THE total number of winter deaths due to cold weather has increased in Basingstoke and across the region, according to new figures.

The new Office for National Statistics (ONS) stats reveal that in Basingstoke and Deane, there were 80 ‘excess winter deaths’ in 2015/16, up 10 from 70 in 2014/15.

‘Excess winter deaths’ are defined as deaths due to the cold weather which are deemed to have been preventable.

One of the more alarming trends that the figures revealed was the impact that was on older people in the UK. In the south east of England, of the 5,500 people whose death was due to the cold weather in 2016/17, 5,200 of those were aged above 65 years.

Age UK’s charity director, Caroline Abrahams, said: “This dramatic jump in excess winter deaths in England is a terrible rebuke to anyone who thought it was ‘job done’ when it comes to keeping older people safe and sound through the winter. Remember that every one of these deaths was, by definition, preventable.

“Without further research it is impossible to nail down cause and effect but it is notable that last winter was not especially severe and that the statistics remained stable in Wales.

“A less than fully effective flu vaccine is likely to be one culprit, but it is also true that many older people live in poorly insulated homes and worry about turning up the heating during the cold months, increasing their risk of ill health.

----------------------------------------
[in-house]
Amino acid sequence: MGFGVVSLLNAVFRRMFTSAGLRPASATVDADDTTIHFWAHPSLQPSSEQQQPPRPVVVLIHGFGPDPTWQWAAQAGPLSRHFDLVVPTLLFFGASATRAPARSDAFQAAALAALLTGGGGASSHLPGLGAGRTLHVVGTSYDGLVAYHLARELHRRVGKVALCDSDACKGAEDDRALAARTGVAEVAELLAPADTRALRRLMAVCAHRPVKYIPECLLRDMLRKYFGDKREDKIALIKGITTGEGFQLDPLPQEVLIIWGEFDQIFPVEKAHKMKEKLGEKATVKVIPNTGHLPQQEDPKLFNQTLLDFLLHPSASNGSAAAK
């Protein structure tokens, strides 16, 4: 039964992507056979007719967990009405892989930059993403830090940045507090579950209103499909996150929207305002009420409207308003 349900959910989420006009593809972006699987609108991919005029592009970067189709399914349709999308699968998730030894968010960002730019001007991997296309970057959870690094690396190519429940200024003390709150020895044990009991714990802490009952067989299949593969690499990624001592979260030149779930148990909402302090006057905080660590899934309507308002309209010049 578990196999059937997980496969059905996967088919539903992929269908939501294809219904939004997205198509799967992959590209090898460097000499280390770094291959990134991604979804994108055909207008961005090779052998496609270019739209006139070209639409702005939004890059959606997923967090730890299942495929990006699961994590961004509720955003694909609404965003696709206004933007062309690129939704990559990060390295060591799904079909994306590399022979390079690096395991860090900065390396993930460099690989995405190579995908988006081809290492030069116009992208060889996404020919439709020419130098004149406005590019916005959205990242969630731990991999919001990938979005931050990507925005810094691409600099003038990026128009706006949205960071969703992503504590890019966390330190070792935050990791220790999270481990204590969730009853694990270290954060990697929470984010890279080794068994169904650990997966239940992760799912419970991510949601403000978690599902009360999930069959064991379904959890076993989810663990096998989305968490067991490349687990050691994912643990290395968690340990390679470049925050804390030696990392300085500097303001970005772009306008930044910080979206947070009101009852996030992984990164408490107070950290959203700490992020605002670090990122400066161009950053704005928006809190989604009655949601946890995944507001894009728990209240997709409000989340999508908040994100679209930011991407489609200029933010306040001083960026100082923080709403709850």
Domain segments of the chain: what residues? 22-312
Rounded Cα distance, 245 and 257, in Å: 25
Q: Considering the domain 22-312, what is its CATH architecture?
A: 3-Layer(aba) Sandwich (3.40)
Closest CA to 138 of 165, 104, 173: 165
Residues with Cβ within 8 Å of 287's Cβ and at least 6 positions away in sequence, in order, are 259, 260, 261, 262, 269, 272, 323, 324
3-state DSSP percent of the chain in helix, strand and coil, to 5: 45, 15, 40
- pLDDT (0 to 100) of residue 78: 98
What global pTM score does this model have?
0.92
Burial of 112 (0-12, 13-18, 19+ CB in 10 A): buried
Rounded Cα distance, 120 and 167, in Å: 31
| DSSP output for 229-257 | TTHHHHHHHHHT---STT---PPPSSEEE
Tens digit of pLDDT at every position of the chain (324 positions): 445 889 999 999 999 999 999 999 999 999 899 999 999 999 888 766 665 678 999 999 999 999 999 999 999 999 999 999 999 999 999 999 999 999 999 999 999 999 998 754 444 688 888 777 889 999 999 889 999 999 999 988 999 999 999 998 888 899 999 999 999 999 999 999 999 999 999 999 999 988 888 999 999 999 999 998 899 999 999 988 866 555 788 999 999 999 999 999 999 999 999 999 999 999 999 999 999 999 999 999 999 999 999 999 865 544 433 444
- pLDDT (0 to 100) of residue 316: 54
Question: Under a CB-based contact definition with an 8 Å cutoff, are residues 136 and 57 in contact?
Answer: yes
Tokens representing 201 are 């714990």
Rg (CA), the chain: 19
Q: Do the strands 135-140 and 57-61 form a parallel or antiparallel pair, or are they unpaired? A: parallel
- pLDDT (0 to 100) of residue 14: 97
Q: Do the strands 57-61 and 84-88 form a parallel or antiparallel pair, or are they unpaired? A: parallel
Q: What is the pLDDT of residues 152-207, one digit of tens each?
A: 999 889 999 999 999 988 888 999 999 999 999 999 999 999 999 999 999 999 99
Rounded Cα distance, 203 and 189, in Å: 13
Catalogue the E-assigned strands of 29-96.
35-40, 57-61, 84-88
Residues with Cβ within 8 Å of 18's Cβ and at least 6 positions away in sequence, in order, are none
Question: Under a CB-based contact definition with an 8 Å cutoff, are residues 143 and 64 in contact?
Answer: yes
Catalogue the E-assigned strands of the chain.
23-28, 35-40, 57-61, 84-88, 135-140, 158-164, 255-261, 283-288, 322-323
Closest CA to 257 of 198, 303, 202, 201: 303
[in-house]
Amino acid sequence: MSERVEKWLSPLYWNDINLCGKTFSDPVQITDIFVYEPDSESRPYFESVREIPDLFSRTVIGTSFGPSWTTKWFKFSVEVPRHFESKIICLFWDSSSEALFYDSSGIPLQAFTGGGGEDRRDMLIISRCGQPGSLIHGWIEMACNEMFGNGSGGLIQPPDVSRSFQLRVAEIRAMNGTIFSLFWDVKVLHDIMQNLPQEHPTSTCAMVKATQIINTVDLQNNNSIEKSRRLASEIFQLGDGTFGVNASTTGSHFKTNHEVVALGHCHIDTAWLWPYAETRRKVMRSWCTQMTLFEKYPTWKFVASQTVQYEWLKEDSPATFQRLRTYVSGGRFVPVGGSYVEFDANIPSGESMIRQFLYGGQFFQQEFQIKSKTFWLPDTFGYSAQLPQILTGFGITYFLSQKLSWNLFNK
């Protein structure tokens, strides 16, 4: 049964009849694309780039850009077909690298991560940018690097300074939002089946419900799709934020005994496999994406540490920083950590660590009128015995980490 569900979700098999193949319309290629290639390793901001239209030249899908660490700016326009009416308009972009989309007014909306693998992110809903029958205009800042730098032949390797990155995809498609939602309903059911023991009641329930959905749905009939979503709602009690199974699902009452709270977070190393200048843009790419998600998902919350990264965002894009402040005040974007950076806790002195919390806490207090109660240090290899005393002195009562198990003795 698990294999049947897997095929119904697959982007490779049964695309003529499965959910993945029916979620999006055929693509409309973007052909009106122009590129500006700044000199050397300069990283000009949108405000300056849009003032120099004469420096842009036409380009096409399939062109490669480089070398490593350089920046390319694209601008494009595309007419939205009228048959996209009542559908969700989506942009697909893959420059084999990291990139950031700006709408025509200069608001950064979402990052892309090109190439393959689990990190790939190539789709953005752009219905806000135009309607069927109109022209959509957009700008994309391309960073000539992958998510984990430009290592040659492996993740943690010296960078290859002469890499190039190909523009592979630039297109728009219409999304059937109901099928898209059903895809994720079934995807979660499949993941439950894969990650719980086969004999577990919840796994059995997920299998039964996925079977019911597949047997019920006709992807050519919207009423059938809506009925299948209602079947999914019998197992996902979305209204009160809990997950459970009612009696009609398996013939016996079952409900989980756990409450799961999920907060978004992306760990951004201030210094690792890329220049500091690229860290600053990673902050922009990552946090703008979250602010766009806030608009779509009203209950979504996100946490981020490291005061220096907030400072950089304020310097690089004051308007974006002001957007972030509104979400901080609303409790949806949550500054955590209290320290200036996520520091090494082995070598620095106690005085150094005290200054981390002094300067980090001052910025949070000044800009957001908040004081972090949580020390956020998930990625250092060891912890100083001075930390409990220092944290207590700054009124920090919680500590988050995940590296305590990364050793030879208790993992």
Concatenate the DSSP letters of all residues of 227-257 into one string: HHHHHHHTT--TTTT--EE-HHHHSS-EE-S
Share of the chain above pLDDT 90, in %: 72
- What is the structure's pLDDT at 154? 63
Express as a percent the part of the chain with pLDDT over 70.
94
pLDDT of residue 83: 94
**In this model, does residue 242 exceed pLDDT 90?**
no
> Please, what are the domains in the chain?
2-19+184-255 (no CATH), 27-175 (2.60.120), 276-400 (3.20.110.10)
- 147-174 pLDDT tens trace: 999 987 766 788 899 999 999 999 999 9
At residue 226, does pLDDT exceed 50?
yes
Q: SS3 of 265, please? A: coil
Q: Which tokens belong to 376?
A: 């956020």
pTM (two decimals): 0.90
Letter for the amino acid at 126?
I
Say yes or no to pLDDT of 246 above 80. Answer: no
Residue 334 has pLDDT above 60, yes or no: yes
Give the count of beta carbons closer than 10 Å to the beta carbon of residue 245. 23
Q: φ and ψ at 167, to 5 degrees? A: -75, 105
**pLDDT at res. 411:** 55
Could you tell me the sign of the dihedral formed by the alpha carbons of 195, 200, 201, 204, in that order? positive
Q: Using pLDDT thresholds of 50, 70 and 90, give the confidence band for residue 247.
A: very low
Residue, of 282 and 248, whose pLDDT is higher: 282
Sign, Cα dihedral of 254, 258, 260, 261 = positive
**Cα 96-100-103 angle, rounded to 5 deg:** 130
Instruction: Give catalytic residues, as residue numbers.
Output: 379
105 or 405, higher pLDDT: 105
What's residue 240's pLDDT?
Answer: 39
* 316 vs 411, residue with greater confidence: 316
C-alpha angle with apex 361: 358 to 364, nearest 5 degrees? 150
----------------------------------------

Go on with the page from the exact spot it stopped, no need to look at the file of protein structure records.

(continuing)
“In addition, we know the NHS and social care are under unprecedented strain and the net result is that poorly older people, often living alone, are not always getting the effective, timely help they need to nip emerging health problems in the bud.

“We cannot run the risk of these figures getting even worse next year so the Government must take urgent action to address the underlying causes.”

The issue is alluded to in the ONS report in which cold temperatures are associated with increased blood pressure and a lower immune system which puts older and vulnerable people most at risk with deaths relating to circulatory problems that were the main cause of the excess winter deaths.

Nationally, the figure of excess winter deaths has risen considerably, increasing by almost 10,000, from 24,580 in 2015/16 to 34,300 in the 2016/17 provisional figures.

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